Introducing Vocabulary

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One of the most important steps to storyasking, that I neglected for a long time, is introducing the vocabulary–as in spending time introducing it, not just giving students a list. As I focus on this step of the process this year, I am already noticing gains in comprehension by students that struggled through much of last year.

Part I: Presentation 

The purpose of the presentation phase is simply to establish meaning. TCI teachers are sometimes criticized for translating terms for students, and I reject it! If you are able to use translation to establish meaning, do it. It is fast and accurate. Gesturing is not fast. Gesturing is ambiguous. If you can, translate!

  1. Write the words in Spanish on the board.
  2. Have the students repeat the term in Spanish.
  3. Write the English translation next to the Spanish, leaving a small space in the middle.
  4. Draw a picture that illustrates it in-between the Spanish and English.
  5. Point to the picture and say the term in Spanish.
  6. Ask, “¿Cómo se dice «Spanish term» en inglés?” (How do you say «Spanish term» in English?)
  7. Teach or cooperatively develop a gesture for the term.
  8. Repeat for each new term, returning to the previous term(s) before you move on to the next.
Part II: Contextualization
I never did this step until I saw Carol Gaab use it in her curriculum. Brilliant! I would skip right to questioning and wonder why my students’ heads were spinning! Show the students several examples of each target term in comprehensible context. If you’re like me, this means planning ahead and writing several sentences that include each term because I can never seem to think of good examples on the fly! They should be sentences that the students can understand with the help of the “key” that you’ve created on the board.
Part III: Questioning
Here is the fun part 🙂 Again, it is always good to plan ahead and have several questions written that are COMPREHENSIBLE and include the target terms. The more open-ended the questions can be, the better–although I find that I often need to follow up an open-ended question with one or two yes or no’s in order to get their creative juices pumping (Ex: What makes your head hurt? Does Justin Bieber’s voice make your head hurt? Math homework?) Usually, they will start contributing ideas after one or two yes or no questions. Circle responses and reflect them back to the class for discussion!
I rarely introduce vocabulary and start stories on the same day, not really on purpose, but that’s how it usually works out. I like it that way, anyway, because I can use the terms in the next day’s bellwork, which allows the students time to remember what they learned the previous day, and gives some opportunity for more PQA and pop-up grammar before we get into the story. (Learn how to ask a story here.)
What are some of the strategies or patterns that you use to introduce vocabulary?

17 thoughts on “Introducing Vocabulary

  1. John Cadena says:

    Do you think there is any difference between “new vocabulary word” and “target structure”? In other words, if I were trying to introduce new noun/adjective vocabulary in preparation for an upcoming story, do you think it would be best to stick to three new target words at a time? Or do you feel that one could successfully introduce more “new vocabulary” in a single lesson, if there are no new accompanying grammatical structure to worry about? We are getting ready to work on personality traits, and I am wondering how many different adjectives I should try teaching before moving into the story. (Since I’m just starting to tinker around with storytelling, I’m a little worried about trying to come up with a brand new interesting story for each set of 3 vocab words we need to cover.)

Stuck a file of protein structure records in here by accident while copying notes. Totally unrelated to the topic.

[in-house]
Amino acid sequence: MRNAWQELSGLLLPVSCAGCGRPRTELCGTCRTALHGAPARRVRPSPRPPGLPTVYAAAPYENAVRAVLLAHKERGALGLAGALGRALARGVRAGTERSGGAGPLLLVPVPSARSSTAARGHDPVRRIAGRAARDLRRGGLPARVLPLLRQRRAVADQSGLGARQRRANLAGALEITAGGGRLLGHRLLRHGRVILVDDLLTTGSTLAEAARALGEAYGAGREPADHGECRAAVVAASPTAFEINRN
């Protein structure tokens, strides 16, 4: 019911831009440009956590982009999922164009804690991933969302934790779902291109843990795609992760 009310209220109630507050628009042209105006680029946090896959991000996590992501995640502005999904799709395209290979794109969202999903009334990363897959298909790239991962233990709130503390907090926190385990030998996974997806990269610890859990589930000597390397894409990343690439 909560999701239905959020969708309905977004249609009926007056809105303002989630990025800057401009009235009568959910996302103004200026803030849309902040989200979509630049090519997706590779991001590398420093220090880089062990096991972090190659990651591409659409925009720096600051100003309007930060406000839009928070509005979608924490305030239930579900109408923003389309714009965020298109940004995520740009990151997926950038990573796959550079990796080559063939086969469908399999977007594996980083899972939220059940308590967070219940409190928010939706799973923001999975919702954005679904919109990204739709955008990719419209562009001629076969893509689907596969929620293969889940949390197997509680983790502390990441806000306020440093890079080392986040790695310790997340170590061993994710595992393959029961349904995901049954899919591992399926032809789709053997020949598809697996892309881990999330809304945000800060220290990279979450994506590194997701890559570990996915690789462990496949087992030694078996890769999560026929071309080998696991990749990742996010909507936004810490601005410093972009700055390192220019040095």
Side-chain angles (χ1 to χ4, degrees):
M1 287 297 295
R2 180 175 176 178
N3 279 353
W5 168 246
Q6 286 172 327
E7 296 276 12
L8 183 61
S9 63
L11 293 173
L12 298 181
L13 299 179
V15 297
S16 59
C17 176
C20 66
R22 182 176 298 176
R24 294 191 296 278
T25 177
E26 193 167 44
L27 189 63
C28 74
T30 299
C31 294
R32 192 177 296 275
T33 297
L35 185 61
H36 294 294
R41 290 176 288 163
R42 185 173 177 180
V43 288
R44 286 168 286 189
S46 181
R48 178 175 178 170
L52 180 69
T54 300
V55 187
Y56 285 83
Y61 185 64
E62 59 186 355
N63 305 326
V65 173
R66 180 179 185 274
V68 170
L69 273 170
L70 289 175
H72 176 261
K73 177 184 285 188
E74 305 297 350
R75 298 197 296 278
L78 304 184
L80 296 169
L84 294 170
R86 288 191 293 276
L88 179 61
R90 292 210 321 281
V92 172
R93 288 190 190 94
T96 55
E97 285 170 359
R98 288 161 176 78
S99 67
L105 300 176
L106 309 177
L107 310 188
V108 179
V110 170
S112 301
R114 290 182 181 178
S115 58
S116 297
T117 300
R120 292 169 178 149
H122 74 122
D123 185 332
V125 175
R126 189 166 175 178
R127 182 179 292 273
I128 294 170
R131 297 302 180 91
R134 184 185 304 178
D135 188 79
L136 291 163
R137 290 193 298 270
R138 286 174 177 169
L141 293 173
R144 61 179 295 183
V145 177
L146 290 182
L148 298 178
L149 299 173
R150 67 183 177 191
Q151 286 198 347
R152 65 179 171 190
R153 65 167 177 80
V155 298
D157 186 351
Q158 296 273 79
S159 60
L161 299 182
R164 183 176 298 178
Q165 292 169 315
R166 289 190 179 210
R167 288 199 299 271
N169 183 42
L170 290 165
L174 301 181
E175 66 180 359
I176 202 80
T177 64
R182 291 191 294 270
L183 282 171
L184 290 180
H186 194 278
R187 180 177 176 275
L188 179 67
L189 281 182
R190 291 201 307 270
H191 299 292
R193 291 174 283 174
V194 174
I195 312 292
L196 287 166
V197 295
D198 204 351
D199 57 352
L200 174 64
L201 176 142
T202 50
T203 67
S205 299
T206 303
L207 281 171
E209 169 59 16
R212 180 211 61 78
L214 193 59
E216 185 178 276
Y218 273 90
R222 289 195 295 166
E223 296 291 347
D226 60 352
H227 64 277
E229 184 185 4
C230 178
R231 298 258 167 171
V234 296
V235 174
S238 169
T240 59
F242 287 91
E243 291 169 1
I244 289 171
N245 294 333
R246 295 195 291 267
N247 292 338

Many thanks for any advice/guidance you can offer!

    • Martina Bex says:

      I think that it is almost always best to limit target structures to 3 at a time. That being said, many of them (including personality traits) don’t require as many reps as others. Use different spins on PQA to get in repetitions of the traits, then dive into the story with some real, quality target structures (that could include new vocabulary words but often include a word with a little more ‘meat’–like a high frequency verb). So instead of “simpatico” (nice/kind), you could use “parecía simpática” (she seemed nice/kind).

  2. Manuel says:

    I usually show a PowerPoint and have students create flash cards. While they create I ask questions and circle student responses.Then, we do silly TPR commands that combine structures with thematic vocabulary from text . After introducing vocabulary/structures, I have students illustrate sentences, that I read in Spanish. They enjoy sharing their pictures and competing to best represent the sentence. I always try to include different celebrities/characters (sponge bob quiere dos hamburgesas) and while they create their masterpieces, I circle the statement and pick a photo to share before going to the next statement. We then start a PQA session. Finally, we play a game that is also photo based ,a game board or tic tac toe grid , that contains photos and students compete to create a simple sentence with the structure and new thematic vocabulary we have to cover from the text. Students love a good competition. As an exit ticket, I read statements for students to translate.

  3. Courtney Gordon says:

    Martina, do you have an update on this post? 🙂
    Any great ways to teach vocab that are missing?

    • Martina Bex says:

      Not really! The ‘Questioning’ is the only part that would be added to. You can do anything to provide comprehensible input that contains the target structures–MovieTalk, games (Mafia, for example), discussions, TPRS, PQA….anything!

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